Startups and early-stage communities will always benefit from well-networked, strategic investors more than dumb pools of passive capital. In theory, a DAO could contain more well-connected, strategic investors than the venture capital community. In practice, early experiments are more likely to attract passive capital.

It’s difficult to drive any sort of meaningful, active engagement from community investment funds, which highlight the tragedy of the commons:

Someone still needs to do the work of sourcing/selecting deals, supporting investments, and shepherding them to some sort of positive financial exit. There’s too much wet code there, and it’s better to have a person or team with some sort of investment acumen and reputational skin in the game steering the ship.

This is especially true since venture capital is more competitive and easier to access than ever before. I don’t envision many scenarios where a crowd-curated DAO is able to access deals more efficiently than their Patagonia-cloaked counterparts. Early iterations will struggle with adverse selection issues.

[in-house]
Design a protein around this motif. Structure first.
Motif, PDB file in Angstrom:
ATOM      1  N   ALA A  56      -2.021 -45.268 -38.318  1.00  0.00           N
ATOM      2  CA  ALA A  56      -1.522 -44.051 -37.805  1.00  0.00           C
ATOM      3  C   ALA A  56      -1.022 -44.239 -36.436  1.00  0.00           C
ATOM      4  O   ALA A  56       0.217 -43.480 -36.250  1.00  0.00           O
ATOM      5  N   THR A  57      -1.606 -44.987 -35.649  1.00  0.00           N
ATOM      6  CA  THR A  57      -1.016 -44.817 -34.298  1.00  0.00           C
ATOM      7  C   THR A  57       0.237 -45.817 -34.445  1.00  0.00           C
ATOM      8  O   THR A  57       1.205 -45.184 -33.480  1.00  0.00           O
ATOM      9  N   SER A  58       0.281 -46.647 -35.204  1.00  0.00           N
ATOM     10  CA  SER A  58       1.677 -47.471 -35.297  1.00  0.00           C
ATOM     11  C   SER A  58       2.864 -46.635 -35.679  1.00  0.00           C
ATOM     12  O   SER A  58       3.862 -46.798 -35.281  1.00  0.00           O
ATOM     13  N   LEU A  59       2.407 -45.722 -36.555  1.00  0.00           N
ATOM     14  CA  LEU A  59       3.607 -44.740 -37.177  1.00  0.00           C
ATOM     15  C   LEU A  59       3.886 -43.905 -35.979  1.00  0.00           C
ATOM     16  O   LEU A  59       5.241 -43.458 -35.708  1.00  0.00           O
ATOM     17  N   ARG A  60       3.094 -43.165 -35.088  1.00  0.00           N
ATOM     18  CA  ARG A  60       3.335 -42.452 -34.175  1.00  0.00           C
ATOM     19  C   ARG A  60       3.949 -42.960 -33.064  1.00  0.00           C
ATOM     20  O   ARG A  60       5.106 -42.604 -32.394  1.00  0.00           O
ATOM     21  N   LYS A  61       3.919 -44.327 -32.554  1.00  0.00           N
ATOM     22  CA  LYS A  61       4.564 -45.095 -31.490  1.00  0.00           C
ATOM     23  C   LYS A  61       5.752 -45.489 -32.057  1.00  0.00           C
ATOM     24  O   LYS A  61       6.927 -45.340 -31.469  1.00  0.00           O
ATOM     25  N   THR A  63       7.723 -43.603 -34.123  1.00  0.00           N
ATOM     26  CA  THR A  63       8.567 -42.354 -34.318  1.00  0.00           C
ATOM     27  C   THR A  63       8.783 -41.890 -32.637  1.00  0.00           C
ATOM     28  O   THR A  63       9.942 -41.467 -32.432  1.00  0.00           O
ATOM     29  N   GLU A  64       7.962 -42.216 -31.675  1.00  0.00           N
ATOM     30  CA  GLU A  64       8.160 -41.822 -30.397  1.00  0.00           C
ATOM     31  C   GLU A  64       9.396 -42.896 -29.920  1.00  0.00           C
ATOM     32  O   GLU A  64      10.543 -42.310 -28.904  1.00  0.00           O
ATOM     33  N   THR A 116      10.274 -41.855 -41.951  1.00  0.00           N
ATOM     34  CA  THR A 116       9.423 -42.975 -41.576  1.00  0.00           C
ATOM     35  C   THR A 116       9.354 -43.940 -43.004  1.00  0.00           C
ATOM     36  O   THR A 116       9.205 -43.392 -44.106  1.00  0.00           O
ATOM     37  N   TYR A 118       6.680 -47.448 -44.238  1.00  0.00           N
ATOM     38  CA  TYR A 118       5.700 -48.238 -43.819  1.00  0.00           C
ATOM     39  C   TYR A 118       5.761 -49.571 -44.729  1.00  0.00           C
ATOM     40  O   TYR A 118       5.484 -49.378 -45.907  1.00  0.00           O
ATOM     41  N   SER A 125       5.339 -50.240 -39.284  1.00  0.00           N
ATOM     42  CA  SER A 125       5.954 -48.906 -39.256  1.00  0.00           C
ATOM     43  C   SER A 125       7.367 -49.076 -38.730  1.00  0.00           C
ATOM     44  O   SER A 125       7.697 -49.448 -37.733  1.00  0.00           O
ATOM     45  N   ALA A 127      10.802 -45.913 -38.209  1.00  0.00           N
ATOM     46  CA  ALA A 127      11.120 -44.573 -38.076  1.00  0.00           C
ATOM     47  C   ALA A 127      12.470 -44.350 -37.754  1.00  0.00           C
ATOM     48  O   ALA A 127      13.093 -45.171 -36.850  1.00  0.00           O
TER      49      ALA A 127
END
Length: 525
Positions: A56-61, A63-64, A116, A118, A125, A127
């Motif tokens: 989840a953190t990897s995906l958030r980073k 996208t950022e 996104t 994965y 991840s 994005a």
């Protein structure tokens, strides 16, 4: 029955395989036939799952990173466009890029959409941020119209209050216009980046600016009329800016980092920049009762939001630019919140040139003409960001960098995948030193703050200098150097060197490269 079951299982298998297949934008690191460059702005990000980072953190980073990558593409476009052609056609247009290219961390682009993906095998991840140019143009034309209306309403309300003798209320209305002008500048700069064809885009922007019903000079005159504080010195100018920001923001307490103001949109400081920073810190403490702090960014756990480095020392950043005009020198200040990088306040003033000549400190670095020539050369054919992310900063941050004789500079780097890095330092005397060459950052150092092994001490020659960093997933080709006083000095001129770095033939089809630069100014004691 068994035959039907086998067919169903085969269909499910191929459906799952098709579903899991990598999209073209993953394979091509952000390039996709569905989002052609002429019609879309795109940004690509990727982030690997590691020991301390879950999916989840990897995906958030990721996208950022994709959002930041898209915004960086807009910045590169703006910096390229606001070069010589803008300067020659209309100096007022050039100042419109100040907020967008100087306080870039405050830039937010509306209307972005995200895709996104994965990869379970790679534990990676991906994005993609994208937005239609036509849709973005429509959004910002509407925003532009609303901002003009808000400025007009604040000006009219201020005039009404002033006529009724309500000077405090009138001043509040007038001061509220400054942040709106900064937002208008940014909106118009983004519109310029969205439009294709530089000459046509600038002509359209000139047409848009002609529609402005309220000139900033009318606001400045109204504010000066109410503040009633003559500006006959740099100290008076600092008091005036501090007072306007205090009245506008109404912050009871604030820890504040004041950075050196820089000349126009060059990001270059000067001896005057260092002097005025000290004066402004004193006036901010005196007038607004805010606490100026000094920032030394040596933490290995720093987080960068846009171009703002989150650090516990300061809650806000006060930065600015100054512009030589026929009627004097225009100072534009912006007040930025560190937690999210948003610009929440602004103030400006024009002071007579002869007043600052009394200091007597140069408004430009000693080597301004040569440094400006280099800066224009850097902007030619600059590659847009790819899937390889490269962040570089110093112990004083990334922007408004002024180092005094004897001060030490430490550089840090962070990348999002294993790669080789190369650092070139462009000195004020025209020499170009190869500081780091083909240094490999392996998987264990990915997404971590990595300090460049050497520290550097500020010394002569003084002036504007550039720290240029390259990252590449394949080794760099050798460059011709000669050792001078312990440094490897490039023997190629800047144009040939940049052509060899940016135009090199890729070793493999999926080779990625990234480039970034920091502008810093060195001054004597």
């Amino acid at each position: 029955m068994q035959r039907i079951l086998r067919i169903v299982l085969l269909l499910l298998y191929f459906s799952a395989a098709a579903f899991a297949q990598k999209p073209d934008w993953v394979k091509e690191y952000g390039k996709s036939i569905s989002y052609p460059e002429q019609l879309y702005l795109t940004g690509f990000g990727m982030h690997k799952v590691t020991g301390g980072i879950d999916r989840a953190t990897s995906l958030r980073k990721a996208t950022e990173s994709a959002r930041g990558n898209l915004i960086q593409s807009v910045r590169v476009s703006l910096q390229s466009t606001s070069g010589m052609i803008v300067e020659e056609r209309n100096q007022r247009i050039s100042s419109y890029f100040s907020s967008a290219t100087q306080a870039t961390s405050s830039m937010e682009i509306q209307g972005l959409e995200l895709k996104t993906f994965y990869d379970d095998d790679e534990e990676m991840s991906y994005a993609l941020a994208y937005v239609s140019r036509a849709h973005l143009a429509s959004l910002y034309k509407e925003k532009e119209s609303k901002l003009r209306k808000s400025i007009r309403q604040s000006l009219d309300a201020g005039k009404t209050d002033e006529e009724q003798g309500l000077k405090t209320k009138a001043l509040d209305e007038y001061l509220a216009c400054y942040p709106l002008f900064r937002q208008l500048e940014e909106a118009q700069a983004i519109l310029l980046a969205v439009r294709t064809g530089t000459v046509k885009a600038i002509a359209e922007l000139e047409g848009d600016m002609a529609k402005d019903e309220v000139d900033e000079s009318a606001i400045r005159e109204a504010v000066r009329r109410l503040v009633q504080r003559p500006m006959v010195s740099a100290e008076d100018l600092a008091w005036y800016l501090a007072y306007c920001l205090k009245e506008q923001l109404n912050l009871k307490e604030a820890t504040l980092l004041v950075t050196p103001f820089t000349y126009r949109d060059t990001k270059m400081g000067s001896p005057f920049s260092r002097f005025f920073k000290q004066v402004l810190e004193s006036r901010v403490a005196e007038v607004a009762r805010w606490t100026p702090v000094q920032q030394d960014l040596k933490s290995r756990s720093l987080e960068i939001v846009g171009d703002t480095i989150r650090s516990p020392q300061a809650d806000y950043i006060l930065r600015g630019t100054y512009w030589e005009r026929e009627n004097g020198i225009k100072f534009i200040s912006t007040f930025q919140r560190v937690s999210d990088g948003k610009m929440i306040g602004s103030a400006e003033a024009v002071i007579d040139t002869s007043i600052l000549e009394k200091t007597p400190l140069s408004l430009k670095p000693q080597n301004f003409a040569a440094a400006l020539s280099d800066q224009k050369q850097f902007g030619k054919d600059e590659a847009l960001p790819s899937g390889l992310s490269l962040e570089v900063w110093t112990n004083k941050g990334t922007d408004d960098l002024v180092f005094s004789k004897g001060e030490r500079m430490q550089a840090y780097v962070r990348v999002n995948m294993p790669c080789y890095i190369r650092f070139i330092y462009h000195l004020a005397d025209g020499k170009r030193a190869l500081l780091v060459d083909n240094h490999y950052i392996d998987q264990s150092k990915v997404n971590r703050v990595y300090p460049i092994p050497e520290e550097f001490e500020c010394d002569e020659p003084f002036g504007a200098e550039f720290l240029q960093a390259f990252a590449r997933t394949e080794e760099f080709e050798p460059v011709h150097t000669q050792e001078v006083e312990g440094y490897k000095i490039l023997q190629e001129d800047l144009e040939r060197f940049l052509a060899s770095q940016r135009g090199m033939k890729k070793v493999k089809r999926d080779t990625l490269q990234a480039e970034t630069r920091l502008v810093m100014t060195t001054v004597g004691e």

The better way to look at DAOs is that they present a radical change in how easy it would be for venture capitalists to raise money from new LPs. This could give rise to a new type of strategic, value-added investor.

Imagine a DAO that raises $1 billion, but instead of allocating capital to investments, the entity allocates to new managers.

Who would be the winners and losers in that paradigm?

Winners: 

  • Emerging market investment targets. Fund managers with local ties and relationships could find it easier to raise money from a global capital pool and deploy resources to local teams.

  • Sin industries. It’s tough for major pensions or endowments to - even indirectly - fund porn, drugs, and gambling. Individuals, especially those who may be protected by anonymity, may have fewer inhibitions.

  • Mega long-term bets like virtual world infrastructure, space travel, quantum computing, etc. Things that no one but the tech oligopoly dares to fund because they don’t fit the typical 5-7 year investment horizon of VCs.